The Larsen C ice shelf crack has now begun to spread faster and branches out, researchers announced this Wednesday.

Massive rift in the Antarctic Peninsula’s Larsen C ice shelf is shown in this November 10, 2016 photo taken by scientists on NASA’s IceBridge mission in Antarctica. Credit: John Sonntag NASA

As reported on earlier, the Larsen C ice shelf is breaking apart in northeastern Antarctica. The big crack was discovered in 2014 but movements in the glacier have now increased.

Project MIDAS is a UK-based Antarctic research project, investigating the effects of a warming climate on the Larsen C ice shelf in West Antarctica. They continually monitor the development of the rift and assess its ongoing impact on the ice shelf and regularly update their twitter feed.

The MIDAS scientists reported they had observed the new rift, or crack, on the ice shelf, based on synthetic aperture radar (SAR) interferometry from ESA’s Sentinel-1 satellites. The new rift is about 10 kilometers (6.2 miles) behind the previous tip, heading towards the ice-front.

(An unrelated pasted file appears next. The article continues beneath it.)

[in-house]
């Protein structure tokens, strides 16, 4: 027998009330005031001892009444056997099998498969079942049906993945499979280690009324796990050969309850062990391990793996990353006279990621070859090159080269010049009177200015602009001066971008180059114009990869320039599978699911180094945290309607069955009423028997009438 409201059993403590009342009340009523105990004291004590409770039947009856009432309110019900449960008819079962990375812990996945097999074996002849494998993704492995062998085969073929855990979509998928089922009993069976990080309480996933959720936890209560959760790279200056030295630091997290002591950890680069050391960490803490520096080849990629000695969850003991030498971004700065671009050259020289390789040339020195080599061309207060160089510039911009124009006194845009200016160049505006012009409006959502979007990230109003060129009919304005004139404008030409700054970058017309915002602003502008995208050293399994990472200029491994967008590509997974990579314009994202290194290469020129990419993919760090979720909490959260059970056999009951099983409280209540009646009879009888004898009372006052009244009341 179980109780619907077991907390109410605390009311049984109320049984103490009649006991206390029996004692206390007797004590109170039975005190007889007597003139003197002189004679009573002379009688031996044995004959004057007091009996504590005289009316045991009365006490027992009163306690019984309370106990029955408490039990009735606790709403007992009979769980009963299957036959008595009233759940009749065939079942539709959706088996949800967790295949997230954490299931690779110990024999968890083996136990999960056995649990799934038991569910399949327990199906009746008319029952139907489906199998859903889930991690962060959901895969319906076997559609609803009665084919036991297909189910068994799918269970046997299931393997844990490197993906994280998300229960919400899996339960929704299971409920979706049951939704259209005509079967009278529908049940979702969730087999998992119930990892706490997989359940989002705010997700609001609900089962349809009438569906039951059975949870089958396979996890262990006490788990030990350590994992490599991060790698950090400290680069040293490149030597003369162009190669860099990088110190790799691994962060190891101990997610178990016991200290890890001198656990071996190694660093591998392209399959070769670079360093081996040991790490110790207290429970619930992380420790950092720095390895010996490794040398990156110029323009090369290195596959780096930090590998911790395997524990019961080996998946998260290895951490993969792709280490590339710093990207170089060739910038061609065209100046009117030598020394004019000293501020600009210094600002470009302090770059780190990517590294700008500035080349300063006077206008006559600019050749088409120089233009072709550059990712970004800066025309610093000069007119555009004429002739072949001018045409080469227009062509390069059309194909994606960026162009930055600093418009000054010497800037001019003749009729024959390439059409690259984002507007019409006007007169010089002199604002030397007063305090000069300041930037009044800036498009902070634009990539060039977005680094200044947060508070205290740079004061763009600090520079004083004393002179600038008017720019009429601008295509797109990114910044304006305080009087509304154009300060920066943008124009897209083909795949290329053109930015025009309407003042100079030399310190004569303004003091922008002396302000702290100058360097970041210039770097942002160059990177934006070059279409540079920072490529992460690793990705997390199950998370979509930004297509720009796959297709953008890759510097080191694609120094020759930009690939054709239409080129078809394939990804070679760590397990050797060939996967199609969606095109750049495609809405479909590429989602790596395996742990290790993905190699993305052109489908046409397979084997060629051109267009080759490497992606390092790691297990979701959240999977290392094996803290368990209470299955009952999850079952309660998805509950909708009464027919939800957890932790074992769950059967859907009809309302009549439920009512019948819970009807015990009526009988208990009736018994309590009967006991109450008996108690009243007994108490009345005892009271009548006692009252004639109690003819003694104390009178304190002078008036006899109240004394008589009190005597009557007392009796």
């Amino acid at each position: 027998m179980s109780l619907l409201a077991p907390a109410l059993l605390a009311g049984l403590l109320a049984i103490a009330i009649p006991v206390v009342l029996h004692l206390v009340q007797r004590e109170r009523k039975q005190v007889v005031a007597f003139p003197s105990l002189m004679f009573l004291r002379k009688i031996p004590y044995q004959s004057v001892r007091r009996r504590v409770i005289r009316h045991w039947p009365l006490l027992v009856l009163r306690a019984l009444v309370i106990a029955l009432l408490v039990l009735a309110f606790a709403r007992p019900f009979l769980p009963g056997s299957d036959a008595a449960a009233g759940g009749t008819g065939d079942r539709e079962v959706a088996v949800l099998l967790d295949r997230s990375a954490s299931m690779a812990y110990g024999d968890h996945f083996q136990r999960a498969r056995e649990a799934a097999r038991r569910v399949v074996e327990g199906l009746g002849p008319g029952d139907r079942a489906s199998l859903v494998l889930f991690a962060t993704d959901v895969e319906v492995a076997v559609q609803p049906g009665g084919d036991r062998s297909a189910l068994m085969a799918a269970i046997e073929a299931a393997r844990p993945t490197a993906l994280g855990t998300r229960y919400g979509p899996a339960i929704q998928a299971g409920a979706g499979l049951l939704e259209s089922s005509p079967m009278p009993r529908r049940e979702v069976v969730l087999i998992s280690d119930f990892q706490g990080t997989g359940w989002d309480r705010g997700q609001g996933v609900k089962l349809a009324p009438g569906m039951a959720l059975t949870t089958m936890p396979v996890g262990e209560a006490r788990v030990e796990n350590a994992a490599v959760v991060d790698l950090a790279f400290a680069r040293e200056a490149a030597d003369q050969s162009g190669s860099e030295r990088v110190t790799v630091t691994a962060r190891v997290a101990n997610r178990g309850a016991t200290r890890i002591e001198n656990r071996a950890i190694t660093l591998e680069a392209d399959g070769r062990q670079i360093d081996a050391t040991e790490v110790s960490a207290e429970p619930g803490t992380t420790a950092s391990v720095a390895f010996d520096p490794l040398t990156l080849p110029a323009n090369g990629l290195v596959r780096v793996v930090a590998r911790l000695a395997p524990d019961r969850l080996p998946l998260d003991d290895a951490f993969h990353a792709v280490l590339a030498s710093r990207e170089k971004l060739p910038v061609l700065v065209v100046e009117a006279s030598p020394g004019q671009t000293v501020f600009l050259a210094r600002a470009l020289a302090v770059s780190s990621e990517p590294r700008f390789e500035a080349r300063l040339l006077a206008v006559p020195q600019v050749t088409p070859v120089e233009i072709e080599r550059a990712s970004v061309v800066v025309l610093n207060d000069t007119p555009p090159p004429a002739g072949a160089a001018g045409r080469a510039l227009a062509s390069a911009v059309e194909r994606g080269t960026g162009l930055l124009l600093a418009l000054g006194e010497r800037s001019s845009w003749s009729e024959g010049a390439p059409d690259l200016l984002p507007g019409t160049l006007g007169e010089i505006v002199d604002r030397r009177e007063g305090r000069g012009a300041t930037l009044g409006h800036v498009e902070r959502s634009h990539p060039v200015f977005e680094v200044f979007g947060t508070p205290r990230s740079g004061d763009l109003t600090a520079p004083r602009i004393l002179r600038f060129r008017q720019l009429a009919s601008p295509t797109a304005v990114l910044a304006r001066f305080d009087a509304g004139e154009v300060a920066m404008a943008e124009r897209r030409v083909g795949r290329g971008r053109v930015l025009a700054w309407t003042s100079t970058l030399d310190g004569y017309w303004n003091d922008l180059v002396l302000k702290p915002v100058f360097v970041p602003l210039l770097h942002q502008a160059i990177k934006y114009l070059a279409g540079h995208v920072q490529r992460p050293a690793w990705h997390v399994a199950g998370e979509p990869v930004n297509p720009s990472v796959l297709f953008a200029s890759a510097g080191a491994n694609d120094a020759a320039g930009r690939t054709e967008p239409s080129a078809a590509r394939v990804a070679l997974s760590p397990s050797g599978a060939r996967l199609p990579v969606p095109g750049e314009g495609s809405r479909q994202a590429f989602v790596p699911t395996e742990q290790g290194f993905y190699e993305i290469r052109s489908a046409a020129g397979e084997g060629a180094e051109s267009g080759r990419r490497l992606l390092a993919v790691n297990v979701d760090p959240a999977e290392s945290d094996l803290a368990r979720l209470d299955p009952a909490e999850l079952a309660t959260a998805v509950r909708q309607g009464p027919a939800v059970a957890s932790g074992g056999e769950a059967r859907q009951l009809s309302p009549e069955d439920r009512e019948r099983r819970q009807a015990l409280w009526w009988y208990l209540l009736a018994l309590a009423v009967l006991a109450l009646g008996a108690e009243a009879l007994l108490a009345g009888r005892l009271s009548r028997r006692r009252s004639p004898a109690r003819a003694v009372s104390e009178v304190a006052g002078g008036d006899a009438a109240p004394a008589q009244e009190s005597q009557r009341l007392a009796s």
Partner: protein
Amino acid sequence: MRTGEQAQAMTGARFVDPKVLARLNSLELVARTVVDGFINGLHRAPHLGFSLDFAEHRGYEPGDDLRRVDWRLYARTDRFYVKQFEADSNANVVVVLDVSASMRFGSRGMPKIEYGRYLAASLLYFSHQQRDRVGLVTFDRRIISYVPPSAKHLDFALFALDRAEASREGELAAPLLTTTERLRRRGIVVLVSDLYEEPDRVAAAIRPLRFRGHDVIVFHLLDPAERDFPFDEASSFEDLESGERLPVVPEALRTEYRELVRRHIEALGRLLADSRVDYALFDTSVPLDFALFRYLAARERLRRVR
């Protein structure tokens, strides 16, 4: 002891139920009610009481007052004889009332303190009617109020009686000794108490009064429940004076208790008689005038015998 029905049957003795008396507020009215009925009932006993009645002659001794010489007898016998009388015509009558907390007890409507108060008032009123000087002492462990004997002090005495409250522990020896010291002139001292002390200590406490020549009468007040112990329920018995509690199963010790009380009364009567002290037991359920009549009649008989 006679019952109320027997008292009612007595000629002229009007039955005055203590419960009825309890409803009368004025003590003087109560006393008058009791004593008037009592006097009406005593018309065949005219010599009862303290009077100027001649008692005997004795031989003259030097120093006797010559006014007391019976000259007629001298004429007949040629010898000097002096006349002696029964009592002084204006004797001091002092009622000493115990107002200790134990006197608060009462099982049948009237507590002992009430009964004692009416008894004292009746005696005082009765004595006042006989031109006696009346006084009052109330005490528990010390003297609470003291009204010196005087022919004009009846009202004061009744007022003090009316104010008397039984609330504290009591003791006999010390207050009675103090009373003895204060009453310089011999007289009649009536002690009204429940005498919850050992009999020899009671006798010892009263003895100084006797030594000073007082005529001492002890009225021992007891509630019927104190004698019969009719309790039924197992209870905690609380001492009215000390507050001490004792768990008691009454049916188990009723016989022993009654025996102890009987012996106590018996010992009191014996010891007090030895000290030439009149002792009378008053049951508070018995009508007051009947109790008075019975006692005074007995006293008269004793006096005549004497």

“It’s taking basically a sharp hook toward the calving front,”

Dan McGrath, a geophysicist at the US Geological Survey.

If the crack continues to grow, a giant iceberg will be broken off. This iceberg is estimated to become around 6,500 square kilometers. To put that size into perspective, it would be 75 times the size of Manhattan island, or about the size of New Jersey or Greek island Crete.

The iceberg would be 300,000 times larger than the iceberg that sunk Titanic. One of the largest shelf glaciers in Antarctica would be also be severely destabilized.

The crack opens up at a pace of one meter a day. According to Dan McGrath, the increasing spread suggests that the iceberg will be broken by soon, perhaps this summer already.

Professor Adrian Luckman is head of the MIDAS project and based at the Swansea University College of Science.